RAV4 … take 4
The LA Auto Show got into full swing last night, and the much anticipated launch of the fourth-generation RAV4 was one of the more popular reveals. After supposedly leaked images and a video of the new Toyota compact SUV made the rounds last week, we can finally see what the little off-roader, hitting SA shores by April of next year, will look like.
While the styling will be left up to the subjective opinion of buyers, specifications of the incoming RAV4 were also released. Gone is the six-cylinder engine, as Toyota announced that the standard RAV4 will now be equipped with a four-cylinder, 2,5 litre engine. The latest four-pot will produce 131kW and 233Nm of torque. Two-litre petrol and turbodiesel models will also be available. A new six-speed auto ‘box has also been swapped out for its four-speed predecessor, and the drivetrain choice will be between front and all-wheel drive. A six-speed manual ‘box is also available. The engine and transmission operate in one of two modes – Sport or Eco – and the all-wheel drive version comes with dynamic torque control.
Dynamic Torque Control (DTC)
This means that the all-wheel drive model will shift from front-wheel drive to all-wheel drive when the vehicle is accelerated or the sensors detect that any of the wheels are slipping. That said, it is possible to lock the vehicle, with the DTC program having three drive modes: Auto, Lock and Sport. In Auto, the RAV4 is essentially front wheel drive, switching power to all four wheels when the sensors deem it necessary.
In Lock mode, at lower speeds such as on a trail, the off-roader is, like its predecessor, in permanent all-wheel drive. As with similar systems (such as the Nissan X-Trail), the lock disengages when passing a certain speed.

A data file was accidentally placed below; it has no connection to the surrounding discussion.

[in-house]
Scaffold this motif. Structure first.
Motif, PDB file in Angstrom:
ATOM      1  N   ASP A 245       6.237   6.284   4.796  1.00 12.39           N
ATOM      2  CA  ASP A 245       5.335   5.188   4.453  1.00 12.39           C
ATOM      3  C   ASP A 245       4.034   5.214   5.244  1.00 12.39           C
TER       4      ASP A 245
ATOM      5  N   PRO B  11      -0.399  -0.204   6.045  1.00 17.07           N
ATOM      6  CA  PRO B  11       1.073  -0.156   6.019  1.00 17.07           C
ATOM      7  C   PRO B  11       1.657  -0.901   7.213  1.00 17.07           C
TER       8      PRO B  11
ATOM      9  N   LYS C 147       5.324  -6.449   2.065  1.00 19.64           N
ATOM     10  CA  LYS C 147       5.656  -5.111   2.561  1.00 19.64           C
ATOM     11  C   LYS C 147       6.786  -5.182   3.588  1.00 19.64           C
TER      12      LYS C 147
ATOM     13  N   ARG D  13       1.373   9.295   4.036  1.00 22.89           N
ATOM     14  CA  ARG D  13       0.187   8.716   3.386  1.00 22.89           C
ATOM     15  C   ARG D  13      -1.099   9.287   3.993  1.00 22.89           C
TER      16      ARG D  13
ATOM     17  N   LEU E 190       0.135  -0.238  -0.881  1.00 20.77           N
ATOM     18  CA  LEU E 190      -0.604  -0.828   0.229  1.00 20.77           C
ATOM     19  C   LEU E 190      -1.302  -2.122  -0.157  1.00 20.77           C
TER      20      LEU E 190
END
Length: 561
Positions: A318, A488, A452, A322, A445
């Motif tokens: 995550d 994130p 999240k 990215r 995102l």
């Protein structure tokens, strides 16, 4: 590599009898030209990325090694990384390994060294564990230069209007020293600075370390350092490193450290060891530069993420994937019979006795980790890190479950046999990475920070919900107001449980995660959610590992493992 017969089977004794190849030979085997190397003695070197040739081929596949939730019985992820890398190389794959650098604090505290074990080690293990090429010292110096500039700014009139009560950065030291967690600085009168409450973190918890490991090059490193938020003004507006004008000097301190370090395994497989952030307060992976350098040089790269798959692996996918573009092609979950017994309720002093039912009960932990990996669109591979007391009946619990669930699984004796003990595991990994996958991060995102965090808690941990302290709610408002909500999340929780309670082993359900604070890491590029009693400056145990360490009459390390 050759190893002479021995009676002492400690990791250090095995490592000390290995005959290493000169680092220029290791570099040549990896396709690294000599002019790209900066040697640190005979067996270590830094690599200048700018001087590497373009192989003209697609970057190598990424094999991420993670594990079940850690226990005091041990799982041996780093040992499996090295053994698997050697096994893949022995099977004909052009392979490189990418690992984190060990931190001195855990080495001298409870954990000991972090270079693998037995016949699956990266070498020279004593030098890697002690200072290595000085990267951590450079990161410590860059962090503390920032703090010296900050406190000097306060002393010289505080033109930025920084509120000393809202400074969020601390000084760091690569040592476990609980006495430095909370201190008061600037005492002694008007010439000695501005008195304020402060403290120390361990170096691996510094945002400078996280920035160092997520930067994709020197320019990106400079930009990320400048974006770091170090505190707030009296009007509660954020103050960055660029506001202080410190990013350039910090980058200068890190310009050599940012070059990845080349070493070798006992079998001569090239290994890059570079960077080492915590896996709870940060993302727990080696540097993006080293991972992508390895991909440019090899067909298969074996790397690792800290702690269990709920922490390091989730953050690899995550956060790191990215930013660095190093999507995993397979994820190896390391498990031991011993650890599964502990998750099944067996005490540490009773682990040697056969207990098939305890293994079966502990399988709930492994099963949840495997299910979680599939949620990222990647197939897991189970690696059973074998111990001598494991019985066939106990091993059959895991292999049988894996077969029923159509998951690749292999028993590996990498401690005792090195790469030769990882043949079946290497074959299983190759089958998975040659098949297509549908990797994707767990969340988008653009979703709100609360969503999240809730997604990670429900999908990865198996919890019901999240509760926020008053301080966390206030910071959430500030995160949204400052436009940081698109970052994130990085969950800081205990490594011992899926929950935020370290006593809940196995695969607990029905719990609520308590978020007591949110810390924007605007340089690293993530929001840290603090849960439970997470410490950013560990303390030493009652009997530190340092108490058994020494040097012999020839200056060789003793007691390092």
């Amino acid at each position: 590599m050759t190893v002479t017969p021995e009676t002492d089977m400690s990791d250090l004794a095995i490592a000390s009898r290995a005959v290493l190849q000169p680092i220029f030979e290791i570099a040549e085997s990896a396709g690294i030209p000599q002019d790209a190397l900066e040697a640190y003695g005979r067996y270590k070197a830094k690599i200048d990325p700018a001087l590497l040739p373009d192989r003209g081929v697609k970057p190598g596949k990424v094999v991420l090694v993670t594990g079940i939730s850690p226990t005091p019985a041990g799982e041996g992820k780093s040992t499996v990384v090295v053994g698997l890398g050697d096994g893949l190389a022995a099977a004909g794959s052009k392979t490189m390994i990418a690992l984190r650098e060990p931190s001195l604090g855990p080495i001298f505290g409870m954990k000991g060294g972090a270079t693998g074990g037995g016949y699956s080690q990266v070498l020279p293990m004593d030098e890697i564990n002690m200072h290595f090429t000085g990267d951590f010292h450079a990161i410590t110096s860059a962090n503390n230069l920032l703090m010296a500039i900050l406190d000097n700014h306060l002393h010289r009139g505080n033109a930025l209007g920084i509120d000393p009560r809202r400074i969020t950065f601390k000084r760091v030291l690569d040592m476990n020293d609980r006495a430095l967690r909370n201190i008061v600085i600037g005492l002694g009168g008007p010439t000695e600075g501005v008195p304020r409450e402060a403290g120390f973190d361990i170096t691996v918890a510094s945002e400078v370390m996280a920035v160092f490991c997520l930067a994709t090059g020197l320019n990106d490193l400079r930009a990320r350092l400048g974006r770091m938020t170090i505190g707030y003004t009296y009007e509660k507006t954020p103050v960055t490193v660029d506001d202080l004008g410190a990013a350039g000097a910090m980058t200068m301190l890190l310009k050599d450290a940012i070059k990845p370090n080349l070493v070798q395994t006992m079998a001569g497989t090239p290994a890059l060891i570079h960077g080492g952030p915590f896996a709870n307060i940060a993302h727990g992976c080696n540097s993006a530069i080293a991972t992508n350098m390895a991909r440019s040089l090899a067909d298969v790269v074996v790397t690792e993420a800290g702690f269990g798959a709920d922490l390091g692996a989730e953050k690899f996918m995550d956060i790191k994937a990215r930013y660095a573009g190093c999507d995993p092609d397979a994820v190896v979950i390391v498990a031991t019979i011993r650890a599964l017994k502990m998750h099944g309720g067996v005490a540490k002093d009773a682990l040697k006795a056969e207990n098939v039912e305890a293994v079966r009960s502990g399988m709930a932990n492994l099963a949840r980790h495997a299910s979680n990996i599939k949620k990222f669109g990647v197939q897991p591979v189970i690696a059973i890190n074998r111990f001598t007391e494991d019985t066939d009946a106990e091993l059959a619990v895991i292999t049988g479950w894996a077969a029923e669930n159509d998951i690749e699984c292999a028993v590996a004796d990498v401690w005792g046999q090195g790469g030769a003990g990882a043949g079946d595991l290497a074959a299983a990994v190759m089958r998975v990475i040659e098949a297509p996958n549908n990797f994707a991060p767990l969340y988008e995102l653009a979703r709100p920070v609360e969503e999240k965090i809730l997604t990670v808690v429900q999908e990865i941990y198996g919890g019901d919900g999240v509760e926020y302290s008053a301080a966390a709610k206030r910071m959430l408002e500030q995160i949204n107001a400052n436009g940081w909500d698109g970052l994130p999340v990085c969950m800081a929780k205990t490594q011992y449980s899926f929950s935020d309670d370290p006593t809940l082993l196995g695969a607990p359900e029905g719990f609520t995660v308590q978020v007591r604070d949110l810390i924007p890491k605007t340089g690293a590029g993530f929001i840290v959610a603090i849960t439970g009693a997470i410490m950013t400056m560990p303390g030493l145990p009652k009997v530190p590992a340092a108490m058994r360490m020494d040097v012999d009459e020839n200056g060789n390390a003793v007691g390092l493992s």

In Sport mode, the steering angle and yaw rate sensors determine where power is sent, and the vehicle’s stability control system optimises power distribution to get the best handling. In a corner, for example, power is sent to the rear to maximise traction. When braking, this power to the rear can be interrupted, momentarily, so that the ABS and stability control systems can work.
Front wheel drive models are said to be more fuel efficient, and are geared towards city driving, especially in Eco mode. Sport mode enhances the gear shifting, suspension and power steering, with MacPherson strut front suspension, double-wishbone rear suspension and four-wheel disc brakes. The LE and XLE will be equipped with 17” steel and alloy wheels respectively, with the Limited fitted with 18” alloys.
The most significant change aesthetically is that the rear door is swapped out for a standard tailgate, so gone is the side-hinged door with the mounted spare wheel. The spare wheel now lives in the tradition SUV space, under the luggage compartment. The five door version, then, features two rows of seating for five passengers, eight airbags and is sold in three trims (LE, XLE and Limited as at the Show).
“The new RAV4 has all the elements that made its predecessor popular, but has expanded them in a variety of ways. The newcomer has a strong presence that demonstrates Toyota’s dedication to its new, progressive design strategy,” says Leo Kok, senior corporate communications manager at Toyota SA.
“The RAV4 is also a versatile lifestyle vehicle by design. It offers the driving refinement, efficient performance, comfort and convenience that many young families demand, but it retains the original RAV4’s fun factor,” he concluded.